Bestem Top Case Brake light Hookup How-To - Stromtrooper Forum : Suzuki V-Strom Motorcycle Forums
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post #1 of 16 Old 06-23-2008, 04:15 PM Thread Starter
Join Date: Jul 2006
Posts: 159
Bestem Top Case Brake light Hookup How-To

Hi All,

Sorry it took so long to get this done, but here it is!

The Bestem top case is an amazing value at $80 shipped. Once you get it mounted (most people, myself included, have to drill extra holes in the mounting plate - there are other guides for that), you still need to get the extra brake light wired up. This is what I will cover here.

Notes: The ads for this box claim the light is LED. It is not, it is a row of several (4 or 5) incandescent bulbs. I may in the future write a guide to converting to a LED system. Also, the wire and connectors that this case comes with are pretty flimsy, I replace their connectors with something more substantial. Also, these pics were taken by my cell phone, and you know how that goes. I'm missing a few pics because they didn't come out, but i think you'll get the idea.

Required parts: I bought all supplies at Radio Shack. A real electronics store would have been better, but less repeatable for folks who aren't familiar with electronics.

With that in mind, here is what I used:
. Spool of 22 gauge speaker wire
. 2-position interlocking quick disconnect connector (part # 274-222)
. Tap-In Squeeze Connectors (# 64-3053)
. Black Electrical Tape
. Wire strippers
. Soldering Gun (equivalent to # 64-2187, I got mine at Autozone)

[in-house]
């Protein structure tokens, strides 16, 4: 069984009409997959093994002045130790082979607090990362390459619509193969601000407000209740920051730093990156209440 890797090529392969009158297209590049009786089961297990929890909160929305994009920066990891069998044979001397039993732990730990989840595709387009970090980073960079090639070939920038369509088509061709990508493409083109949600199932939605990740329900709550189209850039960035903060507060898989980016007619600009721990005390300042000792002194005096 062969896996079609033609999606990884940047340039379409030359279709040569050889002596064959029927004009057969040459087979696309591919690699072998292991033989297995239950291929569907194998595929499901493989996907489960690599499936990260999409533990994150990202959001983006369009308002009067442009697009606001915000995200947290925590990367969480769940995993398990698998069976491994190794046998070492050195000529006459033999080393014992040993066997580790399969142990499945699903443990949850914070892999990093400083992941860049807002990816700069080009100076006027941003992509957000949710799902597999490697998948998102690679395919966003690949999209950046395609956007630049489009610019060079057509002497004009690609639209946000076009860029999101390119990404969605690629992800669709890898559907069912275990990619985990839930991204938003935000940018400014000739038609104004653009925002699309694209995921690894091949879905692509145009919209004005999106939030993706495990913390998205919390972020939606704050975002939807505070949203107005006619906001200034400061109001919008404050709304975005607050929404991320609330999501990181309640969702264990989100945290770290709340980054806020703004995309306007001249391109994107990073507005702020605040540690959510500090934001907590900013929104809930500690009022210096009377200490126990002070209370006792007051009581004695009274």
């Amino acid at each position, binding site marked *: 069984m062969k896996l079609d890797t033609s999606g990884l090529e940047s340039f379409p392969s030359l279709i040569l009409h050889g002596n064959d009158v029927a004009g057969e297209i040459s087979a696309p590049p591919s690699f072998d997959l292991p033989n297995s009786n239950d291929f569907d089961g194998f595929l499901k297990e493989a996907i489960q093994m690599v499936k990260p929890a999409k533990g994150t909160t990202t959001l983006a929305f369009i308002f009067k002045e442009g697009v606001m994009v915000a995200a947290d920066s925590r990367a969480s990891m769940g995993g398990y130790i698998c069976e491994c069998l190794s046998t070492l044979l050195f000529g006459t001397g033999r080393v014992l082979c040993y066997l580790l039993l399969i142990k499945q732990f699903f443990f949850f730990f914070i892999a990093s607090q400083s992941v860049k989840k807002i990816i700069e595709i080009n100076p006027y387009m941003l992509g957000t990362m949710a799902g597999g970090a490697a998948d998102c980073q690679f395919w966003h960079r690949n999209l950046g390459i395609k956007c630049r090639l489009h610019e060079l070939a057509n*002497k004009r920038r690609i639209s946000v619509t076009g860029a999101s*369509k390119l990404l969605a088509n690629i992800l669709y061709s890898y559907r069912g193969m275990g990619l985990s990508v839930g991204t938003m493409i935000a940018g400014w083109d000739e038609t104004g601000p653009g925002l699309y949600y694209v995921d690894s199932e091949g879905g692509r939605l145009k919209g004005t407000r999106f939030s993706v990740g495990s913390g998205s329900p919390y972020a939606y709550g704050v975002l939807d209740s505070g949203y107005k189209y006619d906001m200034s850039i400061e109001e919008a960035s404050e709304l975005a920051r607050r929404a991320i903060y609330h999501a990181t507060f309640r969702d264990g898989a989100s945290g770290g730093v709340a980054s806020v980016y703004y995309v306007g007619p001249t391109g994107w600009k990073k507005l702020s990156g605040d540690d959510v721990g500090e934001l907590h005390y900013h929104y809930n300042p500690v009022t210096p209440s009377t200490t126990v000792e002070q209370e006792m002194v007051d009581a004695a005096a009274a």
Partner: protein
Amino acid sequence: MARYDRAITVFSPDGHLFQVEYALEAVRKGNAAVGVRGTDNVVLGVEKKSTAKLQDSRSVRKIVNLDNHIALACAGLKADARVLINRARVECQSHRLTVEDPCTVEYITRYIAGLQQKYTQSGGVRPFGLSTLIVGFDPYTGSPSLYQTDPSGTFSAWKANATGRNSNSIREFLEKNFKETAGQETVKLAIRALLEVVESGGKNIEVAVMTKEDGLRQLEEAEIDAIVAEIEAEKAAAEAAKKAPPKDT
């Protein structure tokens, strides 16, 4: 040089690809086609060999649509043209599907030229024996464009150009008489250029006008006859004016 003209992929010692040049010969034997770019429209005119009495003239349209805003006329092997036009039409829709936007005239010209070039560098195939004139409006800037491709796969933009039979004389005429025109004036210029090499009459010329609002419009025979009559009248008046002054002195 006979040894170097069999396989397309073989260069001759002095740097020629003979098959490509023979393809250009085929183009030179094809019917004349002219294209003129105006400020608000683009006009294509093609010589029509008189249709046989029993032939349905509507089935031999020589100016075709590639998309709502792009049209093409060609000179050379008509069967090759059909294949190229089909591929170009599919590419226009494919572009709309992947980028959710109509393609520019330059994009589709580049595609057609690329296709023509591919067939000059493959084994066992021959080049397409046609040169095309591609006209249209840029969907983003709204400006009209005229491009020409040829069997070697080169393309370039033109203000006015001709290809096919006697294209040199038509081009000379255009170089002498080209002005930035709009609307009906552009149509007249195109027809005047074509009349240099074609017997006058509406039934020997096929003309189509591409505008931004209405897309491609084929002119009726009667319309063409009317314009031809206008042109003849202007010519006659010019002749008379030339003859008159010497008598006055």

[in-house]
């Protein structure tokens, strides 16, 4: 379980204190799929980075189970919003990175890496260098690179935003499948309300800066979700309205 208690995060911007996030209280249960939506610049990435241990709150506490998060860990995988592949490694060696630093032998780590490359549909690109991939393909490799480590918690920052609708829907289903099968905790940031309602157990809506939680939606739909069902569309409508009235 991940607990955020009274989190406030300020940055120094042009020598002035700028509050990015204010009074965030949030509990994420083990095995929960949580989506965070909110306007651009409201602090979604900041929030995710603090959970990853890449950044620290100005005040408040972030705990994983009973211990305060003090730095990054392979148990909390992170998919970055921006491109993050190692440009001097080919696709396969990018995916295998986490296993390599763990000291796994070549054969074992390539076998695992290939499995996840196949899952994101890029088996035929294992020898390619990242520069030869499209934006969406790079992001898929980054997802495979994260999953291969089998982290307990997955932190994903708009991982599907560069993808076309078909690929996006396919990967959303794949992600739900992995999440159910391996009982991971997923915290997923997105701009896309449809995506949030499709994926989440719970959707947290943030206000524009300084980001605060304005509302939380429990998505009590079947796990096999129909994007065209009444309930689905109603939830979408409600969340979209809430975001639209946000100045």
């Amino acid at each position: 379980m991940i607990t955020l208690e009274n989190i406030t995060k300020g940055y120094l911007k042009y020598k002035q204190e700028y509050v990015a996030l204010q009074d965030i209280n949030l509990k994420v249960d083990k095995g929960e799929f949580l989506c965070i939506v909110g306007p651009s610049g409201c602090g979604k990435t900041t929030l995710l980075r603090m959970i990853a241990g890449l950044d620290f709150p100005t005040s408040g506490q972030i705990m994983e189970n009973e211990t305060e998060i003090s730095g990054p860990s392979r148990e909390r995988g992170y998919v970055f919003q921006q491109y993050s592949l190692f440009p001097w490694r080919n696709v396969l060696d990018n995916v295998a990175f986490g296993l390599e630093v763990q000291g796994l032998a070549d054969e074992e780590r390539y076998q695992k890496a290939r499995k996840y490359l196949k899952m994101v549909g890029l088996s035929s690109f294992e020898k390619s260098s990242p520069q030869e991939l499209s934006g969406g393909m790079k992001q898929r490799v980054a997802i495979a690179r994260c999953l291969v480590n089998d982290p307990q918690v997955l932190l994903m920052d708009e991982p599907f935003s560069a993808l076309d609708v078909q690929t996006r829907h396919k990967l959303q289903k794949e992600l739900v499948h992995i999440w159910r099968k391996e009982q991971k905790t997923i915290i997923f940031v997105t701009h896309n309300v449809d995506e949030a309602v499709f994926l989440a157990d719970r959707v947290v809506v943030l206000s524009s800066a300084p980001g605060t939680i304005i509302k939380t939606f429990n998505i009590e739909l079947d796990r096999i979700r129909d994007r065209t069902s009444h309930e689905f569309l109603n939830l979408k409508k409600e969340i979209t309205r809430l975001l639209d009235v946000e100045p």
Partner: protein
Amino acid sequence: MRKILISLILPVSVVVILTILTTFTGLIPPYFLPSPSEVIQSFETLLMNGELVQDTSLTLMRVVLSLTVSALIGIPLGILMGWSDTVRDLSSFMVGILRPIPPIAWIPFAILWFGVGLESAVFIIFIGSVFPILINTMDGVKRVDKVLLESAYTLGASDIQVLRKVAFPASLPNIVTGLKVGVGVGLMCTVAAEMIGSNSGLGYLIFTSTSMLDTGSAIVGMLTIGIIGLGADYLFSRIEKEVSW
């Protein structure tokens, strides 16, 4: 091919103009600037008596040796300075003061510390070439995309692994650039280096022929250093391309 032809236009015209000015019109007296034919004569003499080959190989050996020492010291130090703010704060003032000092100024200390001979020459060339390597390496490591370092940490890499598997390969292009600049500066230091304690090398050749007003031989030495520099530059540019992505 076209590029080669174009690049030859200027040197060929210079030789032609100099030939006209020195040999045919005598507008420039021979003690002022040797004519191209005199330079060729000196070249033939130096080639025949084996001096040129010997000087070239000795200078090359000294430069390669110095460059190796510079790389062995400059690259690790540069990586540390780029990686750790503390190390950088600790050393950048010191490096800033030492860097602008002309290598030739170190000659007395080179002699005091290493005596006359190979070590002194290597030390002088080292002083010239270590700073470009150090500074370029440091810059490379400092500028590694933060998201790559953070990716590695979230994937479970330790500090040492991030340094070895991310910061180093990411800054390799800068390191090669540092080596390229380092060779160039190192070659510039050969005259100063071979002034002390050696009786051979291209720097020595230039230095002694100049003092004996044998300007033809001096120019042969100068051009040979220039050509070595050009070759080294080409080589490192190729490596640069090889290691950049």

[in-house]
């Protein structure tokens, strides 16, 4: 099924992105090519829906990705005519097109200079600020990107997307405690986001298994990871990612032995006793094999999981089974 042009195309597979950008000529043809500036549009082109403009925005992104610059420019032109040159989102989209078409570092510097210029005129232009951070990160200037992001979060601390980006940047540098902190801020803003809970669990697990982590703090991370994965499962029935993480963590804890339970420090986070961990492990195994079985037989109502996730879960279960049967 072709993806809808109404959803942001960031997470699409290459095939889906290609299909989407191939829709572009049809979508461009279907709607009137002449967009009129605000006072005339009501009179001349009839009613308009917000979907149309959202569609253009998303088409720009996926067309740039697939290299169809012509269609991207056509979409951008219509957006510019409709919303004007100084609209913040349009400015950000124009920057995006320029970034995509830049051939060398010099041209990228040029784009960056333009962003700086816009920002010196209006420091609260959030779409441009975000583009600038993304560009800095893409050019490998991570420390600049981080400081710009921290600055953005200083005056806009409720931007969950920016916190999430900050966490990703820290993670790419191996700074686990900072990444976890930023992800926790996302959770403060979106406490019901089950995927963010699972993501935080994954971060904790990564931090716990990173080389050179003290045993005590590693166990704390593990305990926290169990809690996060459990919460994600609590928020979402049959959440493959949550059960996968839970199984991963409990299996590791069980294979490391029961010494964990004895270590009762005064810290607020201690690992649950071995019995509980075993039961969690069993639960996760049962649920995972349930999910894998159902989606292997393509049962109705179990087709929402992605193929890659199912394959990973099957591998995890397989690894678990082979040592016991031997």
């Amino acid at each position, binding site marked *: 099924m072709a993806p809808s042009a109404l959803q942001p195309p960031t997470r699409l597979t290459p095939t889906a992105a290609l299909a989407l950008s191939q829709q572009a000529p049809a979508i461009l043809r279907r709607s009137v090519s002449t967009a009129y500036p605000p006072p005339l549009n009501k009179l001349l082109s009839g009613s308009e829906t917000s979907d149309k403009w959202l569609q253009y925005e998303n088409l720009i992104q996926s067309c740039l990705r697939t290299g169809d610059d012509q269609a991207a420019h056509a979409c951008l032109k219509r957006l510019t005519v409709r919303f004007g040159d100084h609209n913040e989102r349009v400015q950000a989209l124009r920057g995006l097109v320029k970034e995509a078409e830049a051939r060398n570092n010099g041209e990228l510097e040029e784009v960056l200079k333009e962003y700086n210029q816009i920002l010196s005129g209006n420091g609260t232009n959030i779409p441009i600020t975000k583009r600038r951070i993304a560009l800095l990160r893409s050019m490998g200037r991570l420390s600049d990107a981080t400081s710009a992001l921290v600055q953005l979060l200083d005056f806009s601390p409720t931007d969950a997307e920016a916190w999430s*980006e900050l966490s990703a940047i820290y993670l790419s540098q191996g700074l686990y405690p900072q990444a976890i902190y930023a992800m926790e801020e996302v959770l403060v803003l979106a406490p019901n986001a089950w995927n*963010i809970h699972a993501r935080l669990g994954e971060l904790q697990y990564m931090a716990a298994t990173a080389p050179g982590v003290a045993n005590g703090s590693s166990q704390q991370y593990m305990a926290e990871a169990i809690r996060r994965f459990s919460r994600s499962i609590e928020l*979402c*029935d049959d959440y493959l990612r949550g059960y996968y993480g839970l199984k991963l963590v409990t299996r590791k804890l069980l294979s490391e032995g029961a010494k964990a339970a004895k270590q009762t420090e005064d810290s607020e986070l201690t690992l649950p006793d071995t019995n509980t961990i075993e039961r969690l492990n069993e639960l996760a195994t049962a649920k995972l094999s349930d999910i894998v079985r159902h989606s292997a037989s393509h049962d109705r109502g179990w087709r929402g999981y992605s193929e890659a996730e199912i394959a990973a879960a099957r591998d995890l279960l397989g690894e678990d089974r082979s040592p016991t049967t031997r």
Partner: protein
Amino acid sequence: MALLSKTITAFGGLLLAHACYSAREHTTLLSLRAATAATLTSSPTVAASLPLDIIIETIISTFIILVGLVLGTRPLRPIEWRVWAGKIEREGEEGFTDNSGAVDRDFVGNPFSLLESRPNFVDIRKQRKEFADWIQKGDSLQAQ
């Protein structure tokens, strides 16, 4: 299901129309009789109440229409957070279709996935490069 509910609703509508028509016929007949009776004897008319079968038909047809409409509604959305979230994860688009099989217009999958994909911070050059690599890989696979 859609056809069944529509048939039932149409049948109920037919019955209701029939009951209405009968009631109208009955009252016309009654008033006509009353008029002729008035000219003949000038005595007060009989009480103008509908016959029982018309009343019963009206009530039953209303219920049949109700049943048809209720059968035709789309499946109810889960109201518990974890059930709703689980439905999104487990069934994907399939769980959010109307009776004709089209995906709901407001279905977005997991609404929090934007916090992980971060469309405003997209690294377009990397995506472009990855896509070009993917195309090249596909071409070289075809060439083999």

. Solder
. Pliers

. Remove seat. Unmount top case, remove grab bar/rear rack

. Remove allen bolts holding rear fender/lights. One on each side, like so:

. Remove rear fender/light housing. The trick is to pull the sides away where the allen bolts go, then it slides right off.

. Cut a length of about 18 inches of the speaker wire. Split about 3" of wire on each end and strip around 1/2 inch on each end. The Quick Connect package has 2 plastic housings and 4 metal connectors. Separate the male and female connectors, we will use the females first. These crimp onto your wires, just slide the wires into the back and squeeze it with the pliers. For good measure, I put a bit of solder on it. You may may need to use the pliers to make the connector more round, as it has to be pushed up into the plastic housing. Once you are done, it should look like this:

Run the other end of the wire into the wire hole on the top case. Cut the bullet connectors off of the end of the existing wire and strip them down. use your soldering gun to solder red to blue and black to yellow. Then, wrap the connections up with electrical tape. Not pictured, i also tied a knot in the wire to keep it from being pulled through the hole.

. Locate the wires running to the tail light. The ones we're interested in are the white with black stripe (positive) and the black with white stripe (negative).

. Cut another length of about 18 inches of the speaker wire. Split about 3" of wire on each end and strip around 1/2 inch on each end. On one end, we need to connect the Quick Connect male pins, similar to the female pins, and push them through the other direction on the plastic housing. Make note to match the positions of the colors so when you plug it together, the red wire connects with the red wire on the other connector.

. Open your wire taps package. The wire taps have 2 compartments, one goes all the way through and the other goes 3/4 and stops. To connect the positive lead, slip the tap connector onto the white with black stripe wire, and stick the end of the red wire into the part that only goes 3/4 through. Once these are in, you put pliers around it so that you're pushing the metal tab straight in. Give it a good squeeze and it should slide down and tap the wires. Fold the plastic retention clip around it and you should be good to go.

Repeat this step with the black with white stripe wire on the bike and the black side of the speaker wire. it should look like this:

For good measure (and some waterproofing), wrap those taps in electrical tape. Stretch the tape slightly while you're applying it for best results.